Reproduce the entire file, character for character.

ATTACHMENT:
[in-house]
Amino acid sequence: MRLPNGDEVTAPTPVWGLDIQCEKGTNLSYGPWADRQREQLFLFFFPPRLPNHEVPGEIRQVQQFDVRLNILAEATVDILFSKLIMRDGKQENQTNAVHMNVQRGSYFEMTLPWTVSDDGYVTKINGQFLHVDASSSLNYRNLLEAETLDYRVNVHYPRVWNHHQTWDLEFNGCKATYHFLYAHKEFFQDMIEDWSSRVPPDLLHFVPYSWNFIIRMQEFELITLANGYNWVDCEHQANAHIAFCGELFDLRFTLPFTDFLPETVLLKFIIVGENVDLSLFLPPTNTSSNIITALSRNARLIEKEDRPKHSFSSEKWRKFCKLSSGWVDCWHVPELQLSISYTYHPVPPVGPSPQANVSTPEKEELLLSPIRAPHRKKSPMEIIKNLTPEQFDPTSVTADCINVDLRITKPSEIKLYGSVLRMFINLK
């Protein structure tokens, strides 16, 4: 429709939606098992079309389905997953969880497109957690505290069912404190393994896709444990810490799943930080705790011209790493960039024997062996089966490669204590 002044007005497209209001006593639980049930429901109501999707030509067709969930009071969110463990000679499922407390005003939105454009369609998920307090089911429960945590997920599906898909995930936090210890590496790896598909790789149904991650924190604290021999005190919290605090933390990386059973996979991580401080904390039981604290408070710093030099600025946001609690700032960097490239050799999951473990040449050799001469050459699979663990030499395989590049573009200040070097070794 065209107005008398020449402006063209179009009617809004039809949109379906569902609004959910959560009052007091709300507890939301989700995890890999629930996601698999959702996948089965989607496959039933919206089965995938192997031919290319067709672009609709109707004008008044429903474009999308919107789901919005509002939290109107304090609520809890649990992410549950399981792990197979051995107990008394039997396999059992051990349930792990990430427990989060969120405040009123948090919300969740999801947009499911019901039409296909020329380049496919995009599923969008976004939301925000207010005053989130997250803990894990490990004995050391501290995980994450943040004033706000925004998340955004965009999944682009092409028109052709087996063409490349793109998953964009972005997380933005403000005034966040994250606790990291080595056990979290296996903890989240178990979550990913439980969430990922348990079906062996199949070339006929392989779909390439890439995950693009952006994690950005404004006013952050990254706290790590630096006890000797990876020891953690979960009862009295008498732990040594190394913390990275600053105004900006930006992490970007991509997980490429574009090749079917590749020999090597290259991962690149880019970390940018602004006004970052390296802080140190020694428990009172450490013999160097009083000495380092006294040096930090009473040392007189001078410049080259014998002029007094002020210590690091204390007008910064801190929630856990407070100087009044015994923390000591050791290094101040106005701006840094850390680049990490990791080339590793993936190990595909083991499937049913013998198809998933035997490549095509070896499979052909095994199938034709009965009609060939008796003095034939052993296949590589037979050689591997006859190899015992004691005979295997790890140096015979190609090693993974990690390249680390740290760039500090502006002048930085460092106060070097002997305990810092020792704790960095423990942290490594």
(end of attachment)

[in-house]
Amino acid sequence: MRLPNGDEVTAPTPVWGLDIQCEKGTNLSYGPWADRQREQLFLFFFPPRLPNHEVPGEIRQVQQFDVRLNILAEATVDILFSKLIMRDGKQENQTNAVHMNVQRGSYFEMTLPWTVSDDGYVTKINGQFLHVDASSSLNYRNLLEAETLDYRVNVHYPRVWNHHQTWDLEFNGCKATYHFLYAHKEFFQDMIEDWSSRVPPDLLHFVPYSWNFIIRMQEFELITLANGYNWVDCEHQANAHIAFCGELFDLRFTLPFTDFLPETVLLKFIIVGENVDLSLFLPPTNTSSNIITALSRNARLIEKEDRPKHSFSSEKWRKFCKLSSGWVDCWHVPELQLSISYTYHPVPPVGPSPQANVSTPEKEELLLSPIRAPHRKKSPMEIIKNLTPEQFDPTSVTADCINVDLRITKPSEIKLYGSVLRMFINLK
């Protein structure tokens, strides 16, 4: 429709939606098992079309389905997953969880497109957690505290069912404190393994896709444990810490799943930080705790011209790493960039024997062996089966490669204590 002044007005497209209001006593639980049930429901109501999707030509067709969930009071969110463990000679499922407390005003939105454009369609998920307090089911429960945590997920599906898909995930936090210890590496790896598909790789149904991650924190604290021999005190919290605090933390990386059973996979991580401080904390039981604290408070710093030099600025946001609690700032960097490239050799999951473990040449050799001469050459699979663990030499395989590049573009200040070097070794 065209107005008398020449402006063209179009009617809004039809949109379906569902609004959910959560009052007091709300507890939301989700995890890999629930996601698999959702996948089965989607496959039933919206089965995938192997031919290319067709672009609709109707004008008044429903474009999308919107789901919005509002939290109107304090609520809890649990992410549950399981792990197979051995107990008394039997396999059992051990349930792990990430427990989060969120405040009123948090919300969740999801947009499911019901039409296909020329380049496919995009599923969008976004939301925000207010005053989130997250803990894990490990004995050391501290995980994450943040004033706000925004998340955004965009999944682009092409028109052709087996063409490349793109998953964009972005997380933005403000005034966040994250606790990291080595056990979290296996903890989240178990979550990913439980969430990922348990079906062996199949070339006929392989779909390439890439995950693009952006994690950005404004006013952050990254706290790590630096006890000797990876020891953690979960009862009295008498732990040594190394913390990275600053105004900006930006992490970007991509997980490429574009090749079917590749020999090597290259991962690149880019970390940018602004006004970052390296802080140190020694428990009172450490013999160097009083000495380092006294040096930090009473040392007189001078410049080259014998002029007094002020210590690091204390007008910064801190929630856990407070100087009044015994923390000591050791290094101040106005701006840094850390680049990490990791080339590793993936190990595909083991499937049913013998198809998933035997490549095509070896499979052909095994199938034709009965009609060939008796003095034939052993296949590589037979050689591997006859190899015992004691005979295997790890140096015979190609090693993974990690390249680390740290760039500090502006002048930085460092106060070097002997305990810092020792704790960095423990942290490594």